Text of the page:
One of the things I get asked about as a writer is where to submit when you’re ready. My first response is to write out a pile of stuff before you start submitting, because it’s way easier to get a rhythm going that way and rejection doesn’t suck as bad when you’ve got a lot of other things to think about.
The thing is, you have options. I get the worry about wanting to pick the right place and wanting to pick a legit place. Any place that requires you to pay, no. You also need to really review any sort of contract your given in terms of what rights you’re giving – be wary of perpetual rights because you will never get those suckers back. Be leery of giving up any sort of tax info until it’s obviously needed.
In terms of for the love/exposure markets – everyone has a different view of them and you have to decide if that’s for you. I’ve done a few to get a few credits to my name, I’m not really into that sort of thing anymore. The problem is these days not a whole lot of people want to reprint things unless you’re a big name, so you have to decide what a non-pay market is worth to you.
So, where do you even look to submit to stuff?
Writer’s Market is the basic thing that everyone turns to. They put out a new book every year and they do a site with a fee, as well. I’ve used them, I’ve had a little luck with them but not a huge amount. If you write very specific genre work, this can be a frustrating lead unless you’re looking for an agent. It’s not good or bad, but it also depends on who’s listing with them that year.
Ralan – This is one of the best websites I’ve ever found for genre-specific submissions. It breaks things down in terms of pro, semi-pro, pay, for the love, anthology, and book markets. It does a fairly good job of keeping things up to date and has links to all listings. Also free to use.
Duotrope – A site that charges a small fee, it’s also pretty good for genre-specific work. I used it before it went pay with mixed results, but it’s a great way to keep an eye on all the markets out there. I also like how they do their listings, as well.
With anything, read each listing. Read each site on the listing. If they offer a free or reduced sample copy or online examples of what they’re for, look at it. Look them up on writer’s beware or preditors and editors. Follow your gut if it doesn’t seem to be for you. Ask those around you if they’ve heard of them, submitted with them, etc. What people seem to forget is authors talk to each other, online and in person. I have healthy relationships with truck-loads of people and I definitely have asked their opinions on different places and vice versa. If you go to conventions, definitely pitch to publishers there (or at least talk to them), but also talk to any authors there with them and any authors there not with them. Talk to people. Talk some more. Don’t be afraid to get the skivvy.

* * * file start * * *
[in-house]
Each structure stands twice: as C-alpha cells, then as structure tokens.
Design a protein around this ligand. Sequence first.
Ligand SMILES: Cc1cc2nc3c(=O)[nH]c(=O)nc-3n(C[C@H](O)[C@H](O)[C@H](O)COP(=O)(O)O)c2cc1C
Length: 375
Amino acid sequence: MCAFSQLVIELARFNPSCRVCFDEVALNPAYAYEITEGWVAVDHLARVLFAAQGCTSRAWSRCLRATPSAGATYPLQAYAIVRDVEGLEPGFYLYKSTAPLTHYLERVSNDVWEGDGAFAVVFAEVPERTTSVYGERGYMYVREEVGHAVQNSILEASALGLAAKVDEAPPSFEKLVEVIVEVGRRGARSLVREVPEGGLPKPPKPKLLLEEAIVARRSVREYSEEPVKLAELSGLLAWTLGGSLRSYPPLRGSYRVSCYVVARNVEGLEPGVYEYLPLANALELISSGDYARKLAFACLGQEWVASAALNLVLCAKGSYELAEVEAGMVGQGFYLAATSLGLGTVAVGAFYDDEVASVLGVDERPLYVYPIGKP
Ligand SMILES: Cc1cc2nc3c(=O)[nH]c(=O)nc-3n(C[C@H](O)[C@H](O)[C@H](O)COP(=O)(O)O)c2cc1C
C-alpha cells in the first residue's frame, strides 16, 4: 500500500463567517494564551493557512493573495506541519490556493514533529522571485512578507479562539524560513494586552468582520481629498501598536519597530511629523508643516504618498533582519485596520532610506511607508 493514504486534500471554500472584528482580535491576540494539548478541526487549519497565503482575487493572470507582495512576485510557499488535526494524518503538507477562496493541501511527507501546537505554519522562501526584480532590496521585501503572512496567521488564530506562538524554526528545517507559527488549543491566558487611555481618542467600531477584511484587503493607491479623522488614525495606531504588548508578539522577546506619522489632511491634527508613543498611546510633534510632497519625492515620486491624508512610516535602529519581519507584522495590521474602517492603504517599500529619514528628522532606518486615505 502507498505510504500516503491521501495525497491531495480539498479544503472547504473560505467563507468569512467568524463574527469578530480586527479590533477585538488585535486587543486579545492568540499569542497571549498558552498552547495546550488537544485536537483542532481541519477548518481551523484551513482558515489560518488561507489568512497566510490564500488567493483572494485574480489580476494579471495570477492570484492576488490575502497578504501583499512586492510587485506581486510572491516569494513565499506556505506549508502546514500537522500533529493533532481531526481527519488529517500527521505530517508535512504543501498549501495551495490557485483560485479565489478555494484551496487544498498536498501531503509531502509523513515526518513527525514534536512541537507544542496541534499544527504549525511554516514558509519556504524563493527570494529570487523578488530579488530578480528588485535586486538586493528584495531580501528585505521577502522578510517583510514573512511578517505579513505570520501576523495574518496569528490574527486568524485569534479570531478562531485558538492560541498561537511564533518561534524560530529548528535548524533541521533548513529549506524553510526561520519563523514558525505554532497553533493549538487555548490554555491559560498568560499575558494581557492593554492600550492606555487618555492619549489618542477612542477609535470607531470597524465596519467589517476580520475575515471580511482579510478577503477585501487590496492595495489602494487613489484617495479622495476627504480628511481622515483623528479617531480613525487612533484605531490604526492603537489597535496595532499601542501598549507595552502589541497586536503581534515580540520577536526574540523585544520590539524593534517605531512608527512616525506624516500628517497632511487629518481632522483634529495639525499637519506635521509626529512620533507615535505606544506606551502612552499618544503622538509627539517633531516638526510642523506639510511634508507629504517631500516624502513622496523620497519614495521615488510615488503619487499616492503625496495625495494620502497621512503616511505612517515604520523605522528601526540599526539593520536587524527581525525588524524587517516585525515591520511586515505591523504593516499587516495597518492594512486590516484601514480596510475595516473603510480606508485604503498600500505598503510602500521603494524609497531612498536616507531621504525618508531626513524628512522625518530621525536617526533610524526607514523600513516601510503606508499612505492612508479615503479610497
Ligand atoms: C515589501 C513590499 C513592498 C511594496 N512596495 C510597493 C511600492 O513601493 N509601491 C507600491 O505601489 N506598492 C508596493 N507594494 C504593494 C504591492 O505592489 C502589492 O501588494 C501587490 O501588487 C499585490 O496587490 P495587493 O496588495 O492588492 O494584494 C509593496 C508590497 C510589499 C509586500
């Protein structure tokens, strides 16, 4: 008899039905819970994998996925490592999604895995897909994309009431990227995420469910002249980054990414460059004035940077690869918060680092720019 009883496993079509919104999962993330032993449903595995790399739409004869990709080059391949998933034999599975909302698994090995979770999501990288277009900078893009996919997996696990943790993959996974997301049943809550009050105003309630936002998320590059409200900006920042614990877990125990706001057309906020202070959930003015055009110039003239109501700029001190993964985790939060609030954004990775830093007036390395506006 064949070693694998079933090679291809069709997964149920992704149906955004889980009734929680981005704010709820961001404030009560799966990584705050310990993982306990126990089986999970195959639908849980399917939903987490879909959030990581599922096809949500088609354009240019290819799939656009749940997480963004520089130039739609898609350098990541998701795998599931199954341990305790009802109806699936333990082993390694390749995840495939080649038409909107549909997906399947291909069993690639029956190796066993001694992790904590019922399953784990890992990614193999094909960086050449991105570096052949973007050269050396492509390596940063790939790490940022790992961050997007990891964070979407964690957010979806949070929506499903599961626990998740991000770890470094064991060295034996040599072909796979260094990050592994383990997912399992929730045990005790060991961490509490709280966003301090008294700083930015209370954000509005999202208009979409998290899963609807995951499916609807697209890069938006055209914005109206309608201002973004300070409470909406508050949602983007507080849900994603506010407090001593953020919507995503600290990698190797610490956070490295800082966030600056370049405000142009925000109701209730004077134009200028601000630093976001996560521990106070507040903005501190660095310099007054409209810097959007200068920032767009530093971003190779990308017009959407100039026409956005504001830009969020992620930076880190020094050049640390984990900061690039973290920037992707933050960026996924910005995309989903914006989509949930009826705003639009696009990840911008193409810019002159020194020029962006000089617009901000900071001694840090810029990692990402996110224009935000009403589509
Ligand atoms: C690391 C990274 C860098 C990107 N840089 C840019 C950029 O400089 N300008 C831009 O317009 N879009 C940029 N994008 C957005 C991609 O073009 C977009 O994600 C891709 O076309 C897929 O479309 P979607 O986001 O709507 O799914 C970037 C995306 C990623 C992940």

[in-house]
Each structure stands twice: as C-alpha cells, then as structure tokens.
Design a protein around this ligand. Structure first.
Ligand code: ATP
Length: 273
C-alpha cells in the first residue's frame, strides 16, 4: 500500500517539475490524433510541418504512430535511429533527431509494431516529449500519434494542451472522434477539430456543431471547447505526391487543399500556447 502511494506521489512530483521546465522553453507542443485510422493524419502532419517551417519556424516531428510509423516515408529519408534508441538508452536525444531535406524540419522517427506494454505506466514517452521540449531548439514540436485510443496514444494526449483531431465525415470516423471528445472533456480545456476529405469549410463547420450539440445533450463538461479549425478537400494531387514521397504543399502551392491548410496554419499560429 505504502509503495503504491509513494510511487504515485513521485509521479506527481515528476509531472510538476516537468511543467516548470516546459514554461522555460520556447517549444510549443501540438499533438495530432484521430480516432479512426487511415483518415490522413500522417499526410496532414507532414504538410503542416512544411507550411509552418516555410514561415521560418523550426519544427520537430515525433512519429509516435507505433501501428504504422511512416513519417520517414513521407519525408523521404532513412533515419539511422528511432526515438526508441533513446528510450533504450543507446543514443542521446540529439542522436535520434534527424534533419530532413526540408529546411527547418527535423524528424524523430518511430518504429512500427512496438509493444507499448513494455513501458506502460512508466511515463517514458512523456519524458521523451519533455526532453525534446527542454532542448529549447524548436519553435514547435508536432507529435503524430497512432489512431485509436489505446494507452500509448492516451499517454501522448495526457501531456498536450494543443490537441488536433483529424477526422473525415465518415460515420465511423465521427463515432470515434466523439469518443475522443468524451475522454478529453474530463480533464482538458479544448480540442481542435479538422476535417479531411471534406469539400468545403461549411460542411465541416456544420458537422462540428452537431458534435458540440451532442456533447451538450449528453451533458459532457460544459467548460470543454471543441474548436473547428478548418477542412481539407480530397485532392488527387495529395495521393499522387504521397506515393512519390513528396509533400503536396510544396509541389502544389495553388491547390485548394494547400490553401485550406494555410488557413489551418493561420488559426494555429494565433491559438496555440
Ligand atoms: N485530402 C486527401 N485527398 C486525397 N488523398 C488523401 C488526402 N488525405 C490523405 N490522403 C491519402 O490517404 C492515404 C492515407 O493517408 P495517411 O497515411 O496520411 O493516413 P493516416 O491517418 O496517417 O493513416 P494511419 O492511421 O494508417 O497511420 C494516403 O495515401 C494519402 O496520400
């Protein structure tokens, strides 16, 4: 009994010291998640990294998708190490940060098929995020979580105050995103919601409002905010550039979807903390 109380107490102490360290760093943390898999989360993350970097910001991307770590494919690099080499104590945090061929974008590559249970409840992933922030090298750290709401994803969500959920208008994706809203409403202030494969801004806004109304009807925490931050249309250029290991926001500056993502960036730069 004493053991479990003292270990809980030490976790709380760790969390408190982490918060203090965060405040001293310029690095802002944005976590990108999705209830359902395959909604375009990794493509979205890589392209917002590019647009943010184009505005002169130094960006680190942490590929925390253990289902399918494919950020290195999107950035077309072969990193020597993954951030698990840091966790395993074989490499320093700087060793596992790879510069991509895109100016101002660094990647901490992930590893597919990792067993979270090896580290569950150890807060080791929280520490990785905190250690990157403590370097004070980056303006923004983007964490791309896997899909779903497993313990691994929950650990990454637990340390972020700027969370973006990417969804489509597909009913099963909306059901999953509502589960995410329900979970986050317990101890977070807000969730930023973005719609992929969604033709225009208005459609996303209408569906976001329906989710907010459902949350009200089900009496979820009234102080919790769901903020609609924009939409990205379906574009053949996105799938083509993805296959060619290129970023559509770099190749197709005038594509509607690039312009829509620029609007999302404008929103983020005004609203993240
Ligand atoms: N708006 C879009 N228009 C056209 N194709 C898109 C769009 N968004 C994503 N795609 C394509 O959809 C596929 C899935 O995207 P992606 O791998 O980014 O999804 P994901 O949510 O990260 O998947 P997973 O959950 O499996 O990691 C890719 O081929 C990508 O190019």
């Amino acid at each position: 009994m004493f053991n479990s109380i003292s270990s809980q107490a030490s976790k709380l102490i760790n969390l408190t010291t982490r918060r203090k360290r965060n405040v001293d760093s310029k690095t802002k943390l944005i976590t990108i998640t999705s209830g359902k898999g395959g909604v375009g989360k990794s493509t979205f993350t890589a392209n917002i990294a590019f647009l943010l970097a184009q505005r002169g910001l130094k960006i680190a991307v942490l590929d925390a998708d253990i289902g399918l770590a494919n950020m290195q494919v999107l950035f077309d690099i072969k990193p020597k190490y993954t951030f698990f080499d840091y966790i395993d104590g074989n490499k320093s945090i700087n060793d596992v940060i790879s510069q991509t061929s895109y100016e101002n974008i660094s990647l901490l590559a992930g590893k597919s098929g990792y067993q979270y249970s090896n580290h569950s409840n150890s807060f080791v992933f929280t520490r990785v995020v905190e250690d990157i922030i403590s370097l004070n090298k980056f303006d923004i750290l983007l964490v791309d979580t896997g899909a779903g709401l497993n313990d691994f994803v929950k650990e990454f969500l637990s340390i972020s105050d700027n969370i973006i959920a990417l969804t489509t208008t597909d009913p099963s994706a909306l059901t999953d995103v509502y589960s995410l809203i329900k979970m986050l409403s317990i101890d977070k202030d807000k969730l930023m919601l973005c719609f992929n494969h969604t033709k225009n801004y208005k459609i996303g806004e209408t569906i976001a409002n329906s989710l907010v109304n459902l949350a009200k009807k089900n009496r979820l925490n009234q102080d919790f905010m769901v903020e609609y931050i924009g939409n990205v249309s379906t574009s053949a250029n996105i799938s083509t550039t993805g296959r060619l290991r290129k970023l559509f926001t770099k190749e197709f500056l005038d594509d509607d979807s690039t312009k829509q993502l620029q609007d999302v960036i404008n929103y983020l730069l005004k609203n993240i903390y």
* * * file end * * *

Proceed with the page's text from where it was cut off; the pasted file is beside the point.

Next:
This is also where writing groups are nice. If you have a group, a mentor, or are in writing groups on social media, ask around about places. I think sometimes we get so desperate to submit our stuff to places, we forget that we also have to keep some sort of control. You don’t want your dogs to destroy other people’s lawns, but you also don’t want other people stealing them when you think they’re just going out to do their business, either.
There are also a lot of market listing groups on Facebook, and I’m sure there are other places on various social media sites, as well. Twitter is becoming known for agent submissions, and there’s always something new out there.
There are always places to submit your fiction to, so no worries.
It is, however, up to you to decide if every place is worth your time and will be good to you as an author, be it a magazine, e-zine, publisher, agent, whatever. This is why you read about contracts, rights, typical processes, and all the rest, and then decide what your threshold is. Take a deep breath and do your homework. I know, there’s unfun stuff in the creative world too, believe me I know, but you’ll be better off knowing what you’re looking for.
Other than that, pay attention to what submission guidelines are, whether it’s the format they want things submitted in or the type of story they’re looking for. And, as always…
Just keep writing.